Power crisis worsens as generation hits 3,000MW 

Traditionally, during the raining season, Nigeria always experience increase in power generation from the three hydro power plants namely Jebba power plant (500MW), Shiroro power plant (600MW) and Kainji power plant (800MW). These power plants get the much needed water for the dams to operate at optimal capacity.

It would be recalled that same experience occurred in June-July 2015 when power output was averaging 4000MW, and the politicians were quick to attribute the increase in generation to the government of President Muhammadu Buhari who had hardly spend two months in office.

Last week, Nigeria’s electricity generation increased from the 2,524.2 MW, it recorded during the first week of July to 3,032.7MW, and this was a far cry from the 17,720MW national peak demand forecast for the country.

In spite of government’s efforts to increase electricity supply in the country, generation has continued to hover around 1,000MW and 3000MW, no thanks to incessant attacks on gas pipeline infrastructure by the militants in the Niger Delta Region.

Though, the country’s installed capacity stands at 11,165.40MW, the country’s network operational capability remained 5,500MW while peak generation ever attained remained 5,500MW as at February 2016.

The country has been having series of challenges providing uninterrupted power supply in due to several issues that has to do with vandalism and poor state of the electricity infrastructure.

The Transmission Company of Nigeria (TCN) had last month informed the general public that its 330kV Double Circuit transmission line between Okpai power station and Onitsha substation, would be switched off, resulting in the reduction of available grid generation by 300 Megawatts.

The switching off of the 330kV Double Circuit transmission line was to enable TCN carry out urgent reconstruction work on tower No 62, which is threatening to collapse. Though, distribution has slightly improved, some parts of the state still suffer from low voltage of electricity.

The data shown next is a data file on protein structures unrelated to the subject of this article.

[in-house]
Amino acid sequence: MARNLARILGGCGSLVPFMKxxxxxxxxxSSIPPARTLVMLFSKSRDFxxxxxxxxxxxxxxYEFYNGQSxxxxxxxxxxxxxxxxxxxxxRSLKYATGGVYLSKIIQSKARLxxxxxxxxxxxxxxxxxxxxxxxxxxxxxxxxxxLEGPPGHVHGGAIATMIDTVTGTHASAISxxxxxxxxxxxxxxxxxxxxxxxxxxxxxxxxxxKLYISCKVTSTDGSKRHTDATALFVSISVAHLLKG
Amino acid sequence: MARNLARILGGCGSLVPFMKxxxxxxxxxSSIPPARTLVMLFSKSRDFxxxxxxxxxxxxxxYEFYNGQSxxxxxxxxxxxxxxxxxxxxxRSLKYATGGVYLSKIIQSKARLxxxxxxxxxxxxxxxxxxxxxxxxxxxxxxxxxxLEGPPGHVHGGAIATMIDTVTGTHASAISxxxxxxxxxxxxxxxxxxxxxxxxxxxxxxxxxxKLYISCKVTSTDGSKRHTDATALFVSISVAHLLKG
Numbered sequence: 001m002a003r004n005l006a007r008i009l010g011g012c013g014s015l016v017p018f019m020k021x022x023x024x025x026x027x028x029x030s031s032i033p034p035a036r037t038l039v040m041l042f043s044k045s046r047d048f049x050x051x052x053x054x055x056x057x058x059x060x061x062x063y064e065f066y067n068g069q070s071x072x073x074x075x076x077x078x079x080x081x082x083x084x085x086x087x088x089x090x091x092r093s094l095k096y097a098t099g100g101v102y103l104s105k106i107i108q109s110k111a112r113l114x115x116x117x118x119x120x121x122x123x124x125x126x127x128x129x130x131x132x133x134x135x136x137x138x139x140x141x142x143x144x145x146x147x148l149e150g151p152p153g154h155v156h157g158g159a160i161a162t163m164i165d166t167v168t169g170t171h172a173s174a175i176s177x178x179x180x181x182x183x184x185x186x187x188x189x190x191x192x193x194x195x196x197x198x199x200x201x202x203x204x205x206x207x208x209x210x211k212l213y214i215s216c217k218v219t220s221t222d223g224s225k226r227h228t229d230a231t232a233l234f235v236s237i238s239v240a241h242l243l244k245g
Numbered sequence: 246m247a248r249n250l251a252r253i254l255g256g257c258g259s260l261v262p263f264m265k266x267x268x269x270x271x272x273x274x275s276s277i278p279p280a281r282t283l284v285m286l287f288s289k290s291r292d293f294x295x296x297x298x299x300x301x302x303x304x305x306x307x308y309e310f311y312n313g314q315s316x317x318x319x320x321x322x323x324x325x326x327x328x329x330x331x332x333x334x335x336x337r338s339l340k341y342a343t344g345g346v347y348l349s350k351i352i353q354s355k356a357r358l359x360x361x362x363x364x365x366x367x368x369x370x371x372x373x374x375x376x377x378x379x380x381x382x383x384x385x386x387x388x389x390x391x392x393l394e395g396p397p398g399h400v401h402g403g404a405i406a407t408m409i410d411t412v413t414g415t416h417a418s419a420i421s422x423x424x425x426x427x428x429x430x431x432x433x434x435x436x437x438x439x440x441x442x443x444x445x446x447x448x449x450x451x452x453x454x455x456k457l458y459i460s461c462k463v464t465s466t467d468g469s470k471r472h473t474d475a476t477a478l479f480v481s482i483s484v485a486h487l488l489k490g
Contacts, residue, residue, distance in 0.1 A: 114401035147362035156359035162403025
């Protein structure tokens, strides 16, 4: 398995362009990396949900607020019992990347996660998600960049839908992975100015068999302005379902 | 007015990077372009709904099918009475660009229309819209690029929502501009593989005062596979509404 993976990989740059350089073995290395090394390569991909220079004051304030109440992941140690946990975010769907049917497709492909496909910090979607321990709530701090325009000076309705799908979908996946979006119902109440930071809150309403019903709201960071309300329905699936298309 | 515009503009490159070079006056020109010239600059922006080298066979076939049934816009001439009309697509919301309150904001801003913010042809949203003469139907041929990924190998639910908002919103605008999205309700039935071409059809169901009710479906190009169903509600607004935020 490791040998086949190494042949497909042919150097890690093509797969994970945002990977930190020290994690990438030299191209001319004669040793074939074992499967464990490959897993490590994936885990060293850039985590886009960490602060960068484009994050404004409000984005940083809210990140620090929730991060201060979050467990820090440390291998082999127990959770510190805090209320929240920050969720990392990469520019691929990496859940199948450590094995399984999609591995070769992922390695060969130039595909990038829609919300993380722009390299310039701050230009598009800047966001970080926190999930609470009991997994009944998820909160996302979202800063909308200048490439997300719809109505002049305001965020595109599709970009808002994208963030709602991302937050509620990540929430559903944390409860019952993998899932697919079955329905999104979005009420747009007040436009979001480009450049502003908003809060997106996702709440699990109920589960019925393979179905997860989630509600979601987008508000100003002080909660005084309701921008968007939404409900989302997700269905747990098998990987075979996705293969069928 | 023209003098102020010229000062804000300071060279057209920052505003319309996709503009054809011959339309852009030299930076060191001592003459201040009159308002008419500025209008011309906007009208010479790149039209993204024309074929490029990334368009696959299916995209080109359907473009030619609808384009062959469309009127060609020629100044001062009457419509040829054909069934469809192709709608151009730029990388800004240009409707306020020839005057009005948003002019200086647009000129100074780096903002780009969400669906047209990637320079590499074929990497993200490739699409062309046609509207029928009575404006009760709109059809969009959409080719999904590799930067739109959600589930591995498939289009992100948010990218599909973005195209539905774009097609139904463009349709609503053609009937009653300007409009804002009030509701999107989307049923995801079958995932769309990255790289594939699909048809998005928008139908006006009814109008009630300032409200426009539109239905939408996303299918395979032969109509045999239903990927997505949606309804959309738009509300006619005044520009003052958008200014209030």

Meanwhile, electricity consumers across the country have decried the “outrageous bills” they receive from power distribution companies, saying the billing system is too harsh on them and stressed the need for provision of prepaid meters.

In a chat with the Nigerian Tribune, some of the consumers said the situation was particularly annoying because there was no commensurate power supply to match the high bills.

“I hardly get four hours of power supply in three days, but I am always asked to cough out about N12,000 at the end of the month,” said Mrs Mary Adeboye, a retiree who resides in Obanikoro.

Another customer, Mr Kazeem Sodiq, an entrepreneur stated that “I live in a one-bedroom apartment, I have just one television set and a fridge. I use energy saving bulbs in my house, yet I am charged between N4000 to N5000 every month, even with the epileptic power supply.

“I have asked them to give me a prepaid meter so that I will pay for only what I consume, but the story is always the same.»

Recounting her own experience, Mrs Chinyere Anuegbu stated that “The issue of outrageous bills I get every month is saddening, clearly, I know that I don’t consume one tenth of the electricity I am being charged. Those of us without prepaid meters are made to pay for what we do not consume. The act of estimated billing is wicked; you pay far more than the electricity supplied to your line.”